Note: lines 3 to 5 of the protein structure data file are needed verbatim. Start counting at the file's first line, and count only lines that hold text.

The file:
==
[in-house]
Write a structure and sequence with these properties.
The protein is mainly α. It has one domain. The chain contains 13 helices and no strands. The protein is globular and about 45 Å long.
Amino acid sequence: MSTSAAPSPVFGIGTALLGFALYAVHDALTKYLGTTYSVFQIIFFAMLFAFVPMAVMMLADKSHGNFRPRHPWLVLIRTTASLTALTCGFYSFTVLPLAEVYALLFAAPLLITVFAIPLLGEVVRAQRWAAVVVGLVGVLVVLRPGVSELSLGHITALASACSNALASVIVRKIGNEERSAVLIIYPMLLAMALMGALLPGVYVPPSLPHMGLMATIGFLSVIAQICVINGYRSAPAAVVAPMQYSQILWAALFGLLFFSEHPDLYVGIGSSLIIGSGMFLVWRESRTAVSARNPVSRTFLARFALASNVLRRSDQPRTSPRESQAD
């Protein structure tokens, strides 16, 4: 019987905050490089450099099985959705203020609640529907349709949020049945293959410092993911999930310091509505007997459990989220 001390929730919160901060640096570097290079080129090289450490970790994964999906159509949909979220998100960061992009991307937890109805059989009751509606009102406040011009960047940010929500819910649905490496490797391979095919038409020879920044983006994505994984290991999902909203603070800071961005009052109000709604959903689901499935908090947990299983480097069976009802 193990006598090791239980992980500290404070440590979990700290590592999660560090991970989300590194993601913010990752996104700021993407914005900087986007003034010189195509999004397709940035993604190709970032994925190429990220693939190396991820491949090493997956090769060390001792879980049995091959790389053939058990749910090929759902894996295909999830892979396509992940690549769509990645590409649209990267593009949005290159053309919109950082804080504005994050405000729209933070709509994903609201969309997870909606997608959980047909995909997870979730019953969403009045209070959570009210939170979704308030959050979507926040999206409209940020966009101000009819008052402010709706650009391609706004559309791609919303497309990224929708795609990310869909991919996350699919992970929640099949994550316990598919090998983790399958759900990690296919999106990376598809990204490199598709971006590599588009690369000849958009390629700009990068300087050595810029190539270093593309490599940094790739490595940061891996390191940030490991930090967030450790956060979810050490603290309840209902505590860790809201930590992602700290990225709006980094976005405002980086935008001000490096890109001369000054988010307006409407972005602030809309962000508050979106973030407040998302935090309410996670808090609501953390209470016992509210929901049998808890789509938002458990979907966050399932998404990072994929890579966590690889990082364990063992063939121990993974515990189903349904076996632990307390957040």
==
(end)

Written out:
The protein is mainly α. It has one domain. The chain contains 13 helices and no strands. The protein is globular and about 45 Å long.
Amino acid sequence: MSTSAAPSPVFGIGTALLGFALYAVHDALTKYLGTTYSVFQIIFFAMLFAFVPMAVMMLADKSHGNFRPRHPWLVLIRTTASLTALTCGFYSFTVLPLAEVYALLFAAPLLITVFAIPLLGEVVRAQRWAAVVVGLVGVLVVLRPGVSELSLGHITALASACSNALASVIVRKIGNEERSAVLIIYPMLLAMALMGALLPGVYVPPSLPHMGLMATIGFLSVIAQICVINGYRSAPAAVVAPMQYSQILWAALFGLLFFSEHPDLYVGIGSSLIIGSGMFLVWRESRTAVSARNPVSRTFLARFALASNVLRRSDQPRTSPRESQAD
């Protein structure tokens, strides 16, 4: 019987905050490089450099099985959705203020609640529907349709949020049945293959410092993911999930310091509505007997459990989220 001390929730919160901060640096570097290079080129090289450490970790994964999906159509949909979220998100960061992009991307937890109805059989009751509606009102406040011009960047940010929500819910649905490496490797391979095919038409020879920044983006994505994984290991999902909203603070800071961005009052109000709604959903689901499935908090947990299983480097069976009802 193990006598090791239980992980500290404070440590979990700290590592999660560090991970989300590194993601913010990752996104700021993407914005900087986007003034010189195509999004397709940035993604190709970032994925190429990220693939190396991820491949090493997956090769060390001792879980049995091959790389053939058990749910090929759902894996295909999830892979396509992940690549769509990645590409649209990267593009949005290159053309919109950082804080504005994050405000729209933070709509994903609201969309997870909606997608959980047909995909997870979730019953969403009045209070959570009210939170979704308030959050979507926040999206409209940020966009101000009819008052402010709706650009391609706004559309791609919303497309990224929708795609990310869909991919996350699919992970929640099949994550316990598919090998983790399958759900990690296919999106990376598809990204490199598709971006590599588009690369000849958009390629700009990068300087050595810029190539270093593309490599940094790739490595940061891996390191940030490991930090967030450790956060979810050490603290309840209902505590860790809201930590992602700290990225709006980094976005405002980086935008001000490096890109001369000054988010307006409407972005602030809309962000508050979106973030407040998302935090309410996670808090609501953390209470016992509210929901049998808890789509938002458990979907966050399932998404990072994929890579966590690889990082364990063992063939121990993974515990189903349904076996632990307390957040």